Calling Bullshit on Fake News with Jevin West

2018, Media + Information

"The world is awash in bullshit. Politicians are unconstrained by facts. Science is conducted by press release. Higher education rewards bullshit over analytic thought. Startup culture elevates bullshit to high art. Advertisers wink conspiratorially and invite us to join them in seeing through all the bullshit—and take advantage of our lowered guard to bombard us with bullshit of the second order. The majority of administrative activity, whether in private business or the public sphere, seems to be little more than a sophisticated exercise in the combinatorial reassembly of bullshit."

— excerpt from the "Calling Bullshit" course page

Jevin West, an assistant professor at the University of Washington and co-founder of the DataLab, teaches a course entitled "Calling BS: Data Reasoning in a Digital World" that equips students with the skills to identify and combat misinformation.

On September 13, West will come to SFU to discuss strategies for fighting fake news with an emphasis on data, figures, visualizations and statistics, and participate in an interactive panel discussion with Stuart Poyntz, associate dean of SFU's Faculty of Communication, Art and Technology, and Lasia Kretzel, digital reporter with News 1130.

This event takes place as part of the President's Dream Colloquium on Making Knowledge Public.

Thu, 13 Sep 2018

5:30 p.m. (PT)

Fletcher Theatre (Room 1900)
SFU Vancouver at Harbour Centre

515 West Hastings Street, Vancouver

We respectfully acknowledge that this event takes place on the unceded, traditional, ancestral territories of the Sḵwx̱wú7mesh, səl̓ilw̓ətaʔɬ, and xʷməθkʷəy̓əm First Nations.


Jevin West

Jevin D. West is an Assistant Professor in the Information School at the University of Washington and co-founder of the DataLab. He is an affiliate faculty member of the Center for Statistics and Social Sciences and a Data Science Fellow at the eScience Institute. With his colleague, Carl Bergstrom, he developed a new course on "Calling BS" for combatting misinformation, with a particular emphasis on data, figures, visualizations and statistics. The course is now being taught at universities around the globe. The course rooted out of his core research studying the science of science, where he asks questions about the origins of scientific disciplines, the social and economic biases within science, and the impact of publication models on the health of science.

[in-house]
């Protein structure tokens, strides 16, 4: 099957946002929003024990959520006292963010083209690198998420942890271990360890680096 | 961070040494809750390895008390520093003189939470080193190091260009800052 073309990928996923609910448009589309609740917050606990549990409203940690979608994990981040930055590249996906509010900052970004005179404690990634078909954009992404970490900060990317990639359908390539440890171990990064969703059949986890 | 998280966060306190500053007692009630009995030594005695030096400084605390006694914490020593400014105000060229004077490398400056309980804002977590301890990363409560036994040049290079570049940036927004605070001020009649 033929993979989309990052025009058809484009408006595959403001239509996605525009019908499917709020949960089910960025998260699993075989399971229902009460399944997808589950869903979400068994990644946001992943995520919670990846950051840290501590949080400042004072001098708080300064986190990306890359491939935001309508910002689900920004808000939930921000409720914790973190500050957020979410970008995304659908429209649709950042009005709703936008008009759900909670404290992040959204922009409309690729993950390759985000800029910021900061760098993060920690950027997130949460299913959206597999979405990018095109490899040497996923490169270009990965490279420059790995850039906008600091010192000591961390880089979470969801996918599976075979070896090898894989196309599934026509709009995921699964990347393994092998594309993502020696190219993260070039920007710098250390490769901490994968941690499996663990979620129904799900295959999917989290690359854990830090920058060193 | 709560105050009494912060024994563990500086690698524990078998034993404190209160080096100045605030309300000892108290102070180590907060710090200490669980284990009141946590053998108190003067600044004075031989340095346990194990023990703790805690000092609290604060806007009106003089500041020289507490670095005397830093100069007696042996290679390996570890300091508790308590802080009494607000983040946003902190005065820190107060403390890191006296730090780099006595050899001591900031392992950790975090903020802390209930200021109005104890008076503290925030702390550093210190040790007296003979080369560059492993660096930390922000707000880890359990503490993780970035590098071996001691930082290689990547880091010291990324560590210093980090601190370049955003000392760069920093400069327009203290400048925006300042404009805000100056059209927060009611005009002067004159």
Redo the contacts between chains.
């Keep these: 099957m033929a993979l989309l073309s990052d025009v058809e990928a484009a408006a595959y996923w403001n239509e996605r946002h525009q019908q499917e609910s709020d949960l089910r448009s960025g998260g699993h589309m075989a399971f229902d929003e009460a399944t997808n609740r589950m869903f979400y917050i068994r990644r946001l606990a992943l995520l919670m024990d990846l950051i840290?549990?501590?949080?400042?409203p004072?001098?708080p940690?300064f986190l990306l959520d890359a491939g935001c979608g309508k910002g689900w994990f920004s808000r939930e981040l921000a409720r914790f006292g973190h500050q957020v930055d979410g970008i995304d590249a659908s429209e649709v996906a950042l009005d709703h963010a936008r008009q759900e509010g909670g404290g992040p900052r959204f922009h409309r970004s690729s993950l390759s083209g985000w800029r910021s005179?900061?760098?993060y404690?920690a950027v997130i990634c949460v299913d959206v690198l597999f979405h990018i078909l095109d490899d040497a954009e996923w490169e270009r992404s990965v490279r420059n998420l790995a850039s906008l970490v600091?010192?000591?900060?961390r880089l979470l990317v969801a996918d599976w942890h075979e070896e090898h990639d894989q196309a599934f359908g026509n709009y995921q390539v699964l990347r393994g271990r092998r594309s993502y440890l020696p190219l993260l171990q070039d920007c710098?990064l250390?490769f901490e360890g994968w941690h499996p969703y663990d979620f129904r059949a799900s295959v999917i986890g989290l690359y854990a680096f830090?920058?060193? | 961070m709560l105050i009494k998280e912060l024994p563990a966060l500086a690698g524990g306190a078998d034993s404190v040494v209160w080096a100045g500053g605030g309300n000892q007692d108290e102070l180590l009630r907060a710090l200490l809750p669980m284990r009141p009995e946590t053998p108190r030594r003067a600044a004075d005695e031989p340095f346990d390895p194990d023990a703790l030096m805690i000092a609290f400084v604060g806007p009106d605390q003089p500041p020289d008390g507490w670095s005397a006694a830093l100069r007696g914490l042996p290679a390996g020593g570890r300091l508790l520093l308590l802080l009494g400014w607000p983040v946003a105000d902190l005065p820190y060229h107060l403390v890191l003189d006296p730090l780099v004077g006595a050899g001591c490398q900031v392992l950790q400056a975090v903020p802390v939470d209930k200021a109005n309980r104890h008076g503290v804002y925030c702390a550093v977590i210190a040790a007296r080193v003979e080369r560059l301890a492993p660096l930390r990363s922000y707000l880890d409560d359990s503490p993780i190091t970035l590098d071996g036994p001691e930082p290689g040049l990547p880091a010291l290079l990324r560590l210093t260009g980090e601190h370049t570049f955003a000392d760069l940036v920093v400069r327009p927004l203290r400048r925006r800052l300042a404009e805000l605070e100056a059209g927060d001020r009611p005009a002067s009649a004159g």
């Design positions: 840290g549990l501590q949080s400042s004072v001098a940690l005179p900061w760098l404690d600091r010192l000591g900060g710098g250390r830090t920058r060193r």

Stuart Poyntz

Stuart R. Poyntz is associate dean of the Faculty of Communication, Art and Technology and an associate professor in the School of Communication at Simon Fraser University. In 2015, he was a visiting scholar at the Children and Youth Research Centre at Queensland University of Technology and at the Griffith Institute for Educational Research and the Centre for Social Cultural Research Centre at Griffith University in Brisbane, Australia. He currently serves as president of the Association for Research in Cultures of Young People and director of the Media Democracy Project.

Stuart’s research addresses children’s media cultures, theories of public life and urban youth media production. He has published three books, including Scene Thinking: Cultural Studies from the Scene PerspectivePhenomenology of Youth Cultures and Globalization: Lifeworlds and Surplus Meaning in Changing Times, and Media Literacies: A Critical Introduction, and has published widely in national and international journals, including the Journal of Children and MediaCultural Studies, the Journal of Youth Studies, the Review of EducationPedagogy and Cultural Studies, and the Canadian Journal of Education, as well as various edited collections.

Lasia Kretzel

Lasia Kretzel is a digital radio reporter with NEWS 1130, based in Vancouver. Her work uses digital and social media, in conjunction with traditional radio formats, to bring accurate, breaking news to audiences. However, it can often bring her in contact with dubious and fake news sources. Her personal experiences with fake news were recently featured in several media outlets including The Guardian, after altered versions of her photographs were circulated online.